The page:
By Tyler Durden
A strange paradox emerges when flipping though the latest BofA Fund Managers' Survey: with the S&P trading at all time highs, it appears that nobody trusts this market. Two specific indicators point to this. The first one is that as BofA's Michael Harnett points out, July cash level are now at 5.8%, up from 5.7% in June and the highest since Nov’01.
But more notably is that at least according to the survey respondents, investor buying of protection against sharp decline in stock market at record high, something which would not be happening if the market was "normal" and if traders expected a continuation of the recent upward trend in stocks. It may also explain why the levitation continues to be on virtually no volume - simply said, nobody, except algos, squeezed shorts and the occasional stock buyback order, are participating!
BofA also observes that with the S&P at record highs, it has just observed the first equity underweight positioning in 4 years, "albeit very marginal." Naturally, this too would suggest that at least according to institutional investors, more believe the market is poised to drop than rise at this point.
What is the source of this dramatic shift in perceptions? It may be Europe, where 4% of global fund managers are underweight Eurozone stocks this month, compared to net 26% overweight last month - the largest ever single-month drop in positioning. BofA highlights the "unwind of big short in UK, Eurozone, Japan, banks requires big Japan fiscal stimulus + EU bail out for Italian banks."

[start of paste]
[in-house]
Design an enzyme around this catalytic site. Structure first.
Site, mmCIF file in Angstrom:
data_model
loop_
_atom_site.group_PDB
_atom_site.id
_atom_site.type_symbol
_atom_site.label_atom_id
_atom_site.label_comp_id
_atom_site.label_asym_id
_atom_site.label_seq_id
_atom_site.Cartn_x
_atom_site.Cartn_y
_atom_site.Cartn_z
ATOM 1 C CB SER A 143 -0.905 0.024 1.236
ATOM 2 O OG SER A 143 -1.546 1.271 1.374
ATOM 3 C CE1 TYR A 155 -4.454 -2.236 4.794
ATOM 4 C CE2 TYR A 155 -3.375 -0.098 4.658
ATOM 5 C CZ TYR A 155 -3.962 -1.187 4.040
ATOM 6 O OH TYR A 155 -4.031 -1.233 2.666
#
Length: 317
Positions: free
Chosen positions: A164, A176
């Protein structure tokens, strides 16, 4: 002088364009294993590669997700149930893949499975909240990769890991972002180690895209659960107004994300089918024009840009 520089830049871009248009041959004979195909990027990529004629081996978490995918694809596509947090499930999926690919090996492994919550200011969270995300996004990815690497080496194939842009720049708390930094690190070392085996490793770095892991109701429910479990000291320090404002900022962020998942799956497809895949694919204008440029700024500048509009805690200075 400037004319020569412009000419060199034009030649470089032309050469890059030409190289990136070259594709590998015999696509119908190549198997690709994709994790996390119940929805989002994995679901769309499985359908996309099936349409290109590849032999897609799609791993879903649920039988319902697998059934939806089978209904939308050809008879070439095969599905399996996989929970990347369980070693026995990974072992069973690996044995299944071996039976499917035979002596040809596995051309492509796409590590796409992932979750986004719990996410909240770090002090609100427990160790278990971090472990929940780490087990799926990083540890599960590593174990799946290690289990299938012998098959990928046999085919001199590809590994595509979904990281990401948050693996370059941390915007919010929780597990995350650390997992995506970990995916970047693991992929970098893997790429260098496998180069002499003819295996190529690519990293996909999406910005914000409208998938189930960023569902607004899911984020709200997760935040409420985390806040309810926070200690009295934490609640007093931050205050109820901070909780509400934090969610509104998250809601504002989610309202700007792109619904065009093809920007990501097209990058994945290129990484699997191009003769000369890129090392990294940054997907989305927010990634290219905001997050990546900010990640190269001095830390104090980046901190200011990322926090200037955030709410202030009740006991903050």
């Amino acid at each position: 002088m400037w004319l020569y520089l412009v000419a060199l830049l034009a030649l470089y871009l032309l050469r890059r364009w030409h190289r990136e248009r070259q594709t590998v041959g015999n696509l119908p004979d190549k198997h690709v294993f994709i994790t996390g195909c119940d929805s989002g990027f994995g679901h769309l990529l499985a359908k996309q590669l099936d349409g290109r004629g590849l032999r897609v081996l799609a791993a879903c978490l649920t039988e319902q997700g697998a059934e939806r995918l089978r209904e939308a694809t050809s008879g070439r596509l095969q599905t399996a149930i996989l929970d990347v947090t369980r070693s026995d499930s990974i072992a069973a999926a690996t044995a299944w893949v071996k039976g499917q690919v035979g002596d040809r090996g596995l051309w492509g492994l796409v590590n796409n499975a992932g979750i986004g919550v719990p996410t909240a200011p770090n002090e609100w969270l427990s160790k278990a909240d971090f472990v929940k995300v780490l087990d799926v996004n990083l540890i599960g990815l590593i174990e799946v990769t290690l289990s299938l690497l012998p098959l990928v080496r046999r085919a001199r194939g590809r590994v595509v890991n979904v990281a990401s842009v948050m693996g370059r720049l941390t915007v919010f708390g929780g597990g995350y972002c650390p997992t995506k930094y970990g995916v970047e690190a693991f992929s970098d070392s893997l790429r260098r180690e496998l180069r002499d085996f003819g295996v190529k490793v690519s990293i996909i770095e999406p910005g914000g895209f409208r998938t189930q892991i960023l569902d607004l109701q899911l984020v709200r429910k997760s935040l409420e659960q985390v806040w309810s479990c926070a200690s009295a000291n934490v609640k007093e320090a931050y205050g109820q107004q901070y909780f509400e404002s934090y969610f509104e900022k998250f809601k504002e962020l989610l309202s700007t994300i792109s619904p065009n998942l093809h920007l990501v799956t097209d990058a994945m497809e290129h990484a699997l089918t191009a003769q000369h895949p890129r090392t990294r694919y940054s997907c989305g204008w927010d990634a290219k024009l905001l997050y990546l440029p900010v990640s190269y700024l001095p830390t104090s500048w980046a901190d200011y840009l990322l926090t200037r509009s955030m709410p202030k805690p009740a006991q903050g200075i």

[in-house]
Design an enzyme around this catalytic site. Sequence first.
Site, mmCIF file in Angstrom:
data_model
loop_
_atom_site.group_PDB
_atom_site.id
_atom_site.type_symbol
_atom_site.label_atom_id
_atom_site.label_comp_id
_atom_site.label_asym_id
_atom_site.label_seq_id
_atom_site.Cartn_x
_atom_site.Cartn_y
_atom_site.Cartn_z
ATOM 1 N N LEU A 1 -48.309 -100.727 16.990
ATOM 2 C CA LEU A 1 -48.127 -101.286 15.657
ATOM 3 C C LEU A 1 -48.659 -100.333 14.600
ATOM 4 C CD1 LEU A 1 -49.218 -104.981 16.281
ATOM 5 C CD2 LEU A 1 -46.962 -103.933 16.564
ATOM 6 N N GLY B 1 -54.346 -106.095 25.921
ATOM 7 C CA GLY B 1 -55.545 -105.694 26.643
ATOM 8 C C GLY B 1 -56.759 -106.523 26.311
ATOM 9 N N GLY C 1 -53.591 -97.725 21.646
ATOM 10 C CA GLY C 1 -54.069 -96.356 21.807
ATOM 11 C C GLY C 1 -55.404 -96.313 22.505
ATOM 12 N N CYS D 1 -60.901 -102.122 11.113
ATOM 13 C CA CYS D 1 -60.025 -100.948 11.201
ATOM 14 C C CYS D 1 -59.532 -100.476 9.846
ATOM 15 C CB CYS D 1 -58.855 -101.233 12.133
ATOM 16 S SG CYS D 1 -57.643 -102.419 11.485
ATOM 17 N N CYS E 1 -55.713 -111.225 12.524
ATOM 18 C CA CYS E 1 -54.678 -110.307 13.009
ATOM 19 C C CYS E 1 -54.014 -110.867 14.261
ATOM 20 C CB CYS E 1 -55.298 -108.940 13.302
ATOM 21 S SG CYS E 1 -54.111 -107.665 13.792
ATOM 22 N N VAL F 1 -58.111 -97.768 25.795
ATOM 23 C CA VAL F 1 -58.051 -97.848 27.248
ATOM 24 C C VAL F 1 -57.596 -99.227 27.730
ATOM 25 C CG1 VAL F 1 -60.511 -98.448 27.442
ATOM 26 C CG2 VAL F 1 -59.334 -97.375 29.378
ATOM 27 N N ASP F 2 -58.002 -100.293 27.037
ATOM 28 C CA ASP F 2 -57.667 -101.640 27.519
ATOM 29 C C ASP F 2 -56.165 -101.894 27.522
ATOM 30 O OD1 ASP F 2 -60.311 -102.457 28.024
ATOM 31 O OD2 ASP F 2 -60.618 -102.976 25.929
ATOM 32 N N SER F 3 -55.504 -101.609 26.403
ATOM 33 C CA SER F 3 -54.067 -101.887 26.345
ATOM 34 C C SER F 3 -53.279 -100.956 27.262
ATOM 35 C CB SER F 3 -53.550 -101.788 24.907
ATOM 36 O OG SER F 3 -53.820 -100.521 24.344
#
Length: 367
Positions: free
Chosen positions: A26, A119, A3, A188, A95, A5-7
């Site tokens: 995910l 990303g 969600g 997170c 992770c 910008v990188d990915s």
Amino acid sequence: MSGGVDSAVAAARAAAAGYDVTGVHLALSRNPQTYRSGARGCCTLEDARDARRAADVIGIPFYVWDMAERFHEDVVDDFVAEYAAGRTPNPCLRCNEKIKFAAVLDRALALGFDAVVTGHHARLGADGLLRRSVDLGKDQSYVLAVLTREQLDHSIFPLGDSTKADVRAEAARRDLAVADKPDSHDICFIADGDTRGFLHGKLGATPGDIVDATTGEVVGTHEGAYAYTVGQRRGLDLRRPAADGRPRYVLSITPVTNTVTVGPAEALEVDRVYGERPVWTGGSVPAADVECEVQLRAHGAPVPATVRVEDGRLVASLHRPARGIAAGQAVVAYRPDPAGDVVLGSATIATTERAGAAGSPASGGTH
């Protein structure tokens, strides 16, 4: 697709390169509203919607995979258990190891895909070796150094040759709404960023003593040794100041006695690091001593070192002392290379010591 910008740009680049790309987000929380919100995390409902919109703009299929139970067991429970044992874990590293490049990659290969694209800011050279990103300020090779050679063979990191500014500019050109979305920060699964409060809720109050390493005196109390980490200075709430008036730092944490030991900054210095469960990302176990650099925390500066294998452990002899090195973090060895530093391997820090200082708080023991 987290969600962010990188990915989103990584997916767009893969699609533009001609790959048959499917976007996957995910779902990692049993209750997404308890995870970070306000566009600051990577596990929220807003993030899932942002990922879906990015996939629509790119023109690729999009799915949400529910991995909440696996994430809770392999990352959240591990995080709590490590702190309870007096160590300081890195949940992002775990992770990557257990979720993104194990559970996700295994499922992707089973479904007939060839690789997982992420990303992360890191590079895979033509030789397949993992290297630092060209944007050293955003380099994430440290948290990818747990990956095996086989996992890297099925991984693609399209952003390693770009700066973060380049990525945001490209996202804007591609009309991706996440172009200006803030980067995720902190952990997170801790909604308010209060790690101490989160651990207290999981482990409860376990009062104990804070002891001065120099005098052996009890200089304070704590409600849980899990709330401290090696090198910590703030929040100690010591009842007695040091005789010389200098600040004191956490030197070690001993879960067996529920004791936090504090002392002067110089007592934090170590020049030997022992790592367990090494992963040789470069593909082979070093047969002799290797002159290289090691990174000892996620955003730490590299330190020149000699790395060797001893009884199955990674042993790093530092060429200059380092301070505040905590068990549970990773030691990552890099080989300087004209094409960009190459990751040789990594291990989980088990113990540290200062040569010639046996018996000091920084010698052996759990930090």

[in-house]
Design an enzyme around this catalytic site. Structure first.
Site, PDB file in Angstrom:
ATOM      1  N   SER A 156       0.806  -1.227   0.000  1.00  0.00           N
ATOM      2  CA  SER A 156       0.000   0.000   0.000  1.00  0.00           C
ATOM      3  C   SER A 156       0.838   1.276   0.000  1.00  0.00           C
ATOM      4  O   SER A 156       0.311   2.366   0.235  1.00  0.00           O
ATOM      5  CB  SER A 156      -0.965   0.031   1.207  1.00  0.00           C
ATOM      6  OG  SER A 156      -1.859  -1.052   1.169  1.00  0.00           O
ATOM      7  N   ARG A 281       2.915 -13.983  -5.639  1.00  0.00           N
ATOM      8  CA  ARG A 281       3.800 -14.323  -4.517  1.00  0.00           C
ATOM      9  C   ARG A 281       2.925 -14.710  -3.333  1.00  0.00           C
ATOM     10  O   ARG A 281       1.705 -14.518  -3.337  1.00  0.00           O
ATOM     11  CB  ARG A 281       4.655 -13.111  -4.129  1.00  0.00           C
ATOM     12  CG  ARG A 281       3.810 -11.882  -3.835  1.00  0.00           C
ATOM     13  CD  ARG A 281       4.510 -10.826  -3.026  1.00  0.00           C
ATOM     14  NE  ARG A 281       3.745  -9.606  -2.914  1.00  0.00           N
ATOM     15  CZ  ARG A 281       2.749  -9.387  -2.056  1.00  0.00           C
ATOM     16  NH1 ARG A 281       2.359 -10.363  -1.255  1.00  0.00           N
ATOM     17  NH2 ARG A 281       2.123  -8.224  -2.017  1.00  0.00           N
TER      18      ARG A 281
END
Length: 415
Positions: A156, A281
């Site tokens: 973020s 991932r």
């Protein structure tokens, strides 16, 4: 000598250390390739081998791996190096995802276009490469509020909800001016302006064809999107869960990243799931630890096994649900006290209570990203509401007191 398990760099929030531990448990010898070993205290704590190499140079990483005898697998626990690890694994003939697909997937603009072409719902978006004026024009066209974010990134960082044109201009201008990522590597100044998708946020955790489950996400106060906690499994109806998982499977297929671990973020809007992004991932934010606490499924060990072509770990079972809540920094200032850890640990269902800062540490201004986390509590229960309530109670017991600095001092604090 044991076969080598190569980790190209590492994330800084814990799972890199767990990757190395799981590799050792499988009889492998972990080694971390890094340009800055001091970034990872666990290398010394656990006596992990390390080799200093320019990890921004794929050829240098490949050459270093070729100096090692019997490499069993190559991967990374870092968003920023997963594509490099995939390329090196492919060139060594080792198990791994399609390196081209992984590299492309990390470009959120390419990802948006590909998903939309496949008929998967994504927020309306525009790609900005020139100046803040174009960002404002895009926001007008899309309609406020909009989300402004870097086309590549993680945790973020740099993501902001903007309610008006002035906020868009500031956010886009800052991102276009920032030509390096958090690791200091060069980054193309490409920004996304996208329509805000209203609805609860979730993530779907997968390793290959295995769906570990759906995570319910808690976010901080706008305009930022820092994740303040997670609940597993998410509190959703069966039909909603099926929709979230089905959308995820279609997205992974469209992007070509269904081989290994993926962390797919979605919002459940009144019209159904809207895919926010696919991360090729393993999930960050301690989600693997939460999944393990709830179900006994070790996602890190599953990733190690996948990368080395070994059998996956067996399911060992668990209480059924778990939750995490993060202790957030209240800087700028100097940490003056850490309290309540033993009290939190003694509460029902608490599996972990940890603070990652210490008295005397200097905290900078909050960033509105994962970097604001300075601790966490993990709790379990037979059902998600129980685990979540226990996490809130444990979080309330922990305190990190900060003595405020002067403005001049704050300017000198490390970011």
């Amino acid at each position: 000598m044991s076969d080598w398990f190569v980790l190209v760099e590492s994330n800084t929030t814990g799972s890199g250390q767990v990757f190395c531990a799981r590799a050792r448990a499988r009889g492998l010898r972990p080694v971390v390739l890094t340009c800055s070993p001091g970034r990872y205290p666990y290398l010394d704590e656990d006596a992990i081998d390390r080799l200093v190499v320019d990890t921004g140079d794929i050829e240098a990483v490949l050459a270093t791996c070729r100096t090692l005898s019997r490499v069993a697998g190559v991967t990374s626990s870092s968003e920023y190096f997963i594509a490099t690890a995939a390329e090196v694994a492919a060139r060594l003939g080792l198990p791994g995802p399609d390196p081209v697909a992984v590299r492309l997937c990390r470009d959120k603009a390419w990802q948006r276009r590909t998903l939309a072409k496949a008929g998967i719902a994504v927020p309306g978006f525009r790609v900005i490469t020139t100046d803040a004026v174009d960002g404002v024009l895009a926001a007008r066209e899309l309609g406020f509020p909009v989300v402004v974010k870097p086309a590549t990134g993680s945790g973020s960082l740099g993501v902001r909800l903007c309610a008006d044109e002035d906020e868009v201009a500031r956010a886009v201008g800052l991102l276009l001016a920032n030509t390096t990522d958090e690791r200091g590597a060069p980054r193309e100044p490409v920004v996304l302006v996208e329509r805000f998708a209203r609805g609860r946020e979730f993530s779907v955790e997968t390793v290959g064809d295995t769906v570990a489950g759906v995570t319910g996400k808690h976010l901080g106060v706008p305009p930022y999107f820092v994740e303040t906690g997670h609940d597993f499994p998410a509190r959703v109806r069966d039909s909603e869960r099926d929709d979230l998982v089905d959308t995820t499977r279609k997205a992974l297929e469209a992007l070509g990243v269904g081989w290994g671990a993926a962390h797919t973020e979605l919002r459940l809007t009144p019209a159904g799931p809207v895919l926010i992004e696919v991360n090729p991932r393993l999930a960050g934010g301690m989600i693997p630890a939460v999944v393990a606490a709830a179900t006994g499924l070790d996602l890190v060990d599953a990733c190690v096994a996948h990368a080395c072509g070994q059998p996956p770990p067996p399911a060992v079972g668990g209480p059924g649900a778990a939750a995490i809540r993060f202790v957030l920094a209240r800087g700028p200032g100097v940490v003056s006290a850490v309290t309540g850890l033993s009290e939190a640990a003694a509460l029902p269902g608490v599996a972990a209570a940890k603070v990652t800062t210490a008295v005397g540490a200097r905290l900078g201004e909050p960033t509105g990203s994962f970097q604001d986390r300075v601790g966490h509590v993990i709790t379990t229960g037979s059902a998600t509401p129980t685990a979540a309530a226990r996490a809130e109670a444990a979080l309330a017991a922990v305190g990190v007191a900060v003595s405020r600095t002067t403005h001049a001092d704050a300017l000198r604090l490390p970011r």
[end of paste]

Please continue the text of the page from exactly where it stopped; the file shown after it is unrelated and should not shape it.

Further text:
Also, blame the UK: Investors looking to short UK equities are the highest since December 2009.
How are traders positioned relative to history: the chart below shows the July investor positioning relative to history: According to BofA, contrarians would go long equities, energy, UK/Eurozone, GBP & EUR; Contrarians would short cash, REITs, tech & healthcare.
So in light of all this skepticism, how are investors positioned - according to BofA, the most crowded FMS trades are long quality stocks (34%), long US/EU credit (20%) & short EU banks (17%)
And these are the biggest risks perceived by the investor community.
How does it all end? Why with helicopter money. With a record net 44% of investors thinking global fiscal policy is currently too restrictive, as of this moment, 39% expect helicopter money in the next 12 months (up from 27% last month). Soon this group will be a majority.
So how to trade all of this? Here is BofA's take on the biggest pain trade right now:
Pain trade is long banks, short credit or quality; unwind of big short
in U.K., Eurozone, Japan, banks requires big Japan fiscal stimulus and
EU bailout for Italian banks